I know we made another stop somewhere, but can’t for the life of me remember what or where it was. I’m sure it was the same thing. No promotion. Hardly anybody there. Me feeling like an idiot for taking Sparky Lyle someplace where nobody was expecting him. Sparky Lyle feeling like an idiot for being stuck with some idiot kid just out of college who had no clue.
|The Alex T. Duffy Fairgrounds, our humble ballpark.|
Once we were at the ballpark, it was a little better. At least people were expecting him there. Lots of people were wearing Yankees shirts and hats and taking photos. Never mind that we were an Indians affiliate.
The new owners were a family from Manhattan. It was no secret they would move the team as soon as their lease expired. Indeed, they moved the team to Staten Island three years later and became a Yankees affiliate. Baseball has never returned to the Alex T. Duffy Fairgrounds in Watertown.
The big event, somewhat planned, was that Sparky Lyle would throw batting practice against the local celebrities in town.
We had one local celebrity.
He was the sports anchor for the one local TV station in town. The weekend sports anchor just shot video of the whole thing. I guess he wasn’t a celebrity yet.
Sparky Lyle needed to be warmed up, so I played catch with him. I grabbed the first glove I saw in the dugout. Didn’t realize it was bad luck to put your meat claws into somebody else’s glove.
The glove belonged to an outfielder named Mel Motley. He told me that I better not drop anything with his glove. I dropped a couple throws. Motley never made the majors. Sorry dude. Guess it was my fault.
We must have grabbed a couple other people from the stands, or maybe the weekend sports anchor took a few cuts, just so Sparky Lyle could strike out more than just the same guy over and over. We were all set for batting practice. I was somewhat proud of myself.
Then Sparky Lyle looked at me and said, “Josh, we’re going to take BP with one ball?”
Oh crap! I ran into the dugout and fished out as many balls as I could find. I think I grabbed six. We probably could have done it with one ball. Nobody made contact until Sparky Lyle started lobbing them in there.
I was impressed with Sparky Lyle’s fastball and slider. I asked him if he ever considered a comeback. Keep in mind, he retired in 1982 at age 37. Now it was 1996 and he’s 51 years old. But after seeing him strike out our local TV anchor, I thought Sparky Lyle was ready for a comeback.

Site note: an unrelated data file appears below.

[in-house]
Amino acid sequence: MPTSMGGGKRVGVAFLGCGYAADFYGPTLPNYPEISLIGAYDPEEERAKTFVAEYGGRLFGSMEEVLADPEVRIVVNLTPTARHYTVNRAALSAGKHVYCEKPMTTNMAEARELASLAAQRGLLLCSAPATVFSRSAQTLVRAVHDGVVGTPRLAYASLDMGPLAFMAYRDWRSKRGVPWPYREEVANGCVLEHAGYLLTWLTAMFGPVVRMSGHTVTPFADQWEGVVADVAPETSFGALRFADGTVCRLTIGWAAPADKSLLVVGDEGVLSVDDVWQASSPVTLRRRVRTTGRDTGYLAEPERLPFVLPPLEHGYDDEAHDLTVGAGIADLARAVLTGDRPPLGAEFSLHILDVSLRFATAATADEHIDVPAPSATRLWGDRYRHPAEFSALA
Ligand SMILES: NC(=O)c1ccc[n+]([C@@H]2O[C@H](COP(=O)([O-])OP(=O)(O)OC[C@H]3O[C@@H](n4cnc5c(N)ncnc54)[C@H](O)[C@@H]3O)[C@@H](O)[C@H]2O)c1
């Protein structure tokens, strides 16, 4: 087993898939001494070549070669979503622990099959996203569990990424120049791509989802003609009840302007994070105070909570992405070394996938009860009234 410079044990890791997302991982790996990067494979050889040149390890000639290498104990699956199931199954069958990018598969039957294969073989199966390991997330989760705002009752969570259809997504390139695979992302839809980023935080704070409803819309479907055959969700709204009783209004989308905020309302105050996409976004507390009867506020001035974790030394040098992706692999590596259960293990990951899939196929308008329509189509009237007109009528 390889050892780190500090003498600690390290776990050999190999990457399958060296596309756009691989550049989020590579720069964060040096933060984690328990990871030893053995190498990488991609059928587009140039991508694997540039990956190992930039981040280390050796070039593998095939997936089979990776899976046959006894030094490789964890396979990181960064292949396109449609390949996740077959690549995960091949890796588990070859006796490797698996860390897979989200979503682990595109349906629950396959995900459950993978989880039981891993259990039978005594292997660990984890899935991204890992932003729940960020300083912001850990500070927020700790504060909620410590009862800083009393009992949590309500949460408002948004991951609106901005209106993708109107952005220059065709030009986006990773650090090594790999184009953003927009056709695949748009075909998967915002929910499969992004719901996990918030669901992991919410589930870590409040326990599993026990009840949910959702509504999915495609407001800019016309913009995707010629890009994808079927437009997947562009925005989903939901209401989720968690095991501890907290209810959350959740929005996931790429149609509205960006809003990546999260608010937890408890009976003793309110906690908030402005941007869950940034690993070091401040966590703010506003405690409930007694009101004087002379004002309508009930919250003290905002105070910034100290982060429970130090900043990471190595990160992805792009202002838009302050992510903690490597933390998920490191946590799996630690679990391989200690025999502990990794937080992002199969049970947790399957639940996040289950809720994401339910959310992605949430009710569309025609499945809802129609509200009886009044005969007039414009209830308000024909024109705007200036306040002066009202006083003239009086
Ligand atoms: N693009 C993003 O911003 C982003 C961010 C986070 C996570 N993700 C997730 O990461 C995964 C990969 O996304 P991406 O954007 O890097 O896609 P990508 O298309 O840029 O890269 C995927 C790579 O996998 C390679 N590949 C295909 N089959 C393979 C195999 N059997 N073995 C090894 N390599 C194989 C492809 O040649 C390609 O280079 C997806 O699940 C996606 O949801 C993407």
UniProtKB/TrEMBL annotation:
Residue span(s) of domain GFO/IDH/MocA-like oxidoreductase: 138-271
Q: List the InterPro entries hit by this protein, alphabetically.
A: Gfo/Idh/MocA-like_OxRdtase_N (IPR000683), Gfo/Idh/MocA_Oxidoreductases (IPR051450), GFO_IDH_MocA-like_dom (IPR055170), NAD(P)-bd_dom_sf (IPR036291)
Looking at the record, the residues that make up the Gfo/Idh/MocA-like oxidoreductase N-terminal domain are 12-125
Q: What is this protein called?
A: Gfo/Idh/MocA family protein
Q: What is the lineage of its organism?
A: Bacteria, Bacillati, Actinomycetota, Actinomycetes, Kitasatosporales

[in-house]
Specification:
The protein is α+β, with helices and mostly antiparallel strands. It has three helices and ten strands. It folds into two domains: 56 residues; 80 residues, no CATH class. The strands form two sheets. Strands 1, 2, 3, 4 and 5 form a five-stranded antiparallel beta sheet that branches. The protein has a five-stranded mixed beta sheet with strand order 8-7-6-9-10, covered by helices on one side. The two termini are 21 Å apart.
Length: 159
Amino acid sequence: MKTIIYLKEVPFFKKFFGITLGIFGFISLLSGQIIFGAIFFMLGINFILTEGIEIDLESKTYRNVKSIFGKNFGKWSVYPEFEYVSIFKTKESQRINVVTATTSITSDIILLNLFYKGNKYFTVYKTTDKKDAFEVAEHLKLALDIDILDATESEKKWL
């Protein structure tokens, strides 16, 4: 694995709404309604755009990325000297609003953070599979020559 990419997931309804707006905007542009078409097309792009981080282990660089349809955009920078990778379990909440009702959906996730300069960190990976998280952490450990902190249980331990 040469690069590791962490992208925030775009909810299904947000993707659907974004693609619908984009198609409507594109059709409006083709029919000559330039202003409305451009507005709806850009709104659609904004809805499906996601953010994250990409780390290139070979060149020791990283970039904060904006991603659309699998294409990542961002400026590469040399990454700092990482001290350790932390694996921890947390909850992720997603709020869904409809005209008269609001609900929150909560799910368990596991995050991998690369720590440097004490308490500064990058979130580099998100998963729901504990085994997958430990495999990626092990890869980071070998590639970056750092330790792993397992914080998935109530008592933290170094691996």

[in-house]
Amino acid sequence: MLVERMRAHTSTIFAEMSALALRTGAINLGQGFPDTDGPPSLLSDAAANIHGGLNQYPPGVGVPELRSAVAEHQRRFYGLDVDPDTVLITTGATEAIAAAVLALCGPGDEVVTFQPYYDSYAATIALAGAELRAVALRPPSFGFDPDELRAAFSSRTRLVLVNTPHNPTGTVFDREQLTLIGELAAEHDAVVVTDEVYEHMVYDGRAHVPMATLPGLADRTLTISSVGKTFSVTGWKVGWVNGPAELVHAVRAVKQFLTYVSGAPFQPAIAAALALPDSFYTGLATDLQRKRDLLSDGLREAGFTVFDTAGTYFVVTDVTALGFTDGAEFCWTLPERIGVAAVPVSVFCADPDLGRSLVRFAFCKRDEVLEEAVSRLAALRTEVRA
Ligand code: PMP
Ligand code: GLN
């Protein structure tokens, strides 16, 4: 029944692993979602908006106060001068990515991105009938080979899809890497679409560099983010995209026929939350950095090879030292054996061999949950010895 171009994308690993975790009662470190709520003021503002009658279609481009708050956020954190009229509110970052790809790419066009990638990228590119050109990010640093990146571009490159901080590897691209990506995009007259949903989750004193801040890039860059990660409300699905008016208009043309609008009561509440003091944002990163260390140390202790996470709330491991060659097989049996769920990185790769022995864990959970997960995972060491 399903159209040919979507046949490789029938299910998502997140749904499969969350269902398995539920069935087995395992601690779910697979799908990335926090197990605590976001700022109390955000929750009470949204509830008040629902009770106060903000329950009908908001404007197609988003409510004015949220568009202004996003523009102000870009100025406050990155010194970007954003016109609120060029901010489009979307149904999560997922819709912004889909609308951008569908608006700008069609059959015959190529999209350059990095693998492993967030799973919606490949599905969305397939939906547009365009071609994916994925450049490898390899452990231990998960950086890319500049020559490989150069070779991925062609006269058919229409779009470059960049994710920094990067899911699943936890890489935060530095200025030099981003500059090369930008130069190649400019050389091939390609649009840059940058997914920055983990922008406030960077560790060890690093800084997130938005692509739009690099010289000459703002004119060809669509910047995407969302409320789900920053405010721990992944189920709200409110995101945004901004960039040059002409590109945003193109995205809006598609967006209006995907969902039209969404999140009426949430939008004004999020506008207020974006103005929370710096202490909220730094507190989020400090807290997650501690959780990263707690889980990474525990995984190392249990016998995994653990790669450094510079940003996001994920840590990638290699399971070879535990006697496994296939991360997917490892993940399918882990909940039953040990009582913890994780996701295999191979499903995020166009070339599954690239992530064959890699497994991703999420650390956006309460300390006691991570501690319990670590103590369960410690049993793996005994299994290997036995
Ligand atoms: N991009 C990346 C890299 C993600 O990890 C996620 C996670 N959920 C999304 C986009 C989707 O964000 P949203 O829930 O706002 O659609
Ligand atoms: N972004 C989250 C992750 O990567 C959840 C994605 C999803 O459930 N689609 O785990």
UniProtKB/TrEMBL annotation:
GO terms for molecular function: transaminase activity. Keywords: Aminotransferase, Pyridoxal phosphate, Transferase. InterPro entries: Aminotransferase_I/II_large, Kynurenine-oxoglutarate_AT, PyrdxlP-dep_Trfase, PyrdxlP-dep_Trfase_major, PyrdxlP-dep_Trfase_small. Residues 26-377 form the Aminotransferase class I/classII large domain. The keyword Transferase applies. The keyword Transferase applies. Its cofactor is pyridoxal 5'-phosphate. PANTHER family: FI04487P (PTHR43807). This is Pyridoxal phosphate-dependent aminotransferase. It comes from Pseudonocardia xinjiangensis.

“I won’t be able to lift my arm tomorrow,” Lyle told me.
So much for the comeback.
|That's me, right by Sparky Lyle's side.|
We moved over to an autograph table early in the game. That was about the only thing that went smoothly. We had a table. I made sure we had blue Sharpies for the baseball cards, and blue ball-point pen for baseballs. If there was something I learned after my amateur start to autograph collecting, it was the right pens to use.
Fans waited in line. Yes, there was actually a line. It was the only time that day I didn’t feel like a complete idiot.
I helped the fans get the item ready to be autographed, so they could have some 1-on-1 time with the Sparky Lyle. He was great. Sparky Lyle signed the items, answered questions, chatted them up, posed for photos, and made a bunch of people’s day.
As a kid, I rarely got autographs at baseball card shows. It was pointless paying for something I thought I could get for free at the ballpark.
I made a few exceptions. I got Willie Mays because he’s Willie Mays. I got Jose Canseco because he only scribbled his full name at card shows. I got Robin Ventura because I was obsessed with getting BCF’s for members of the 1988 Olympic team.
At these cards show, I used to mock the guy sitting next to the athlete. What kind of loser has a job where you get an item ready to be autographed by some athlete? Well, now I knew. That was me. I was that loser for the day.
We fed Sparky Lyle the finest ballpark food we had to offer: pizza. The best part of the pizza was the gorgeous girl – the only one in town – who worked that stand.
Once all the autographs were done, I took Sparky Lyle back to his hotel. We put him up at the best hotel in Watertown.
It was a Ramada Inn.
The next morning, I picked up Sparky Lyle at the Ramada Inn, made sure he didn’t have to pay the bill, and drove him back to the Syracuse airport. Another hour drive where he was stuck in the car with me.
I don’t remember what we discussed on this drive. I’d like to think it was more stories about Martin and Steinbrenner and groupies. It was probably about the weather.
I do remember thinking to myself if Sparky Lyle loved or hated these appearances. It was probably both.
It’s easy money. You show up, smile, shake hands, take photos, strike out local TV sports anchors, scribble your name a lot, and just have to put up with some intern like me.
It also probably gets old and annoying. Random cities with random people telling you random stories about your career that probably aren’t even true.
Constantly looking into the past for those totally overrated good-ol' days, when there’s better-new days that are possible, is something that I loathe -- even though I admit that’s totally hypocritical considering the point of this “Sharpie Scribble” feature.
I guess it goes back to the table at the mall. It must be pretty humbling for a guy who pitched in World Series games at Yankee Stadium to sit at a mall, with me, and hardly anybody coming over to say hello.
I’m terrified at what Sparky Lyle was really thinking at that moment. Maybe he liked it that way, not having to tell Yankees stories because that’s what everybody expects and wants.
Toward the end of the drive to the airport, I handed Sparky Lyle a baseball and asked if he’d sign one more – for me. I told him to write something funny and true about our day together, something I would always remember.
That’s when he wrote, “thanks for putting up with all the shit.”
I didn't see it until I was on my way back to Watertown.
Gawd, I love Sparky Lyle.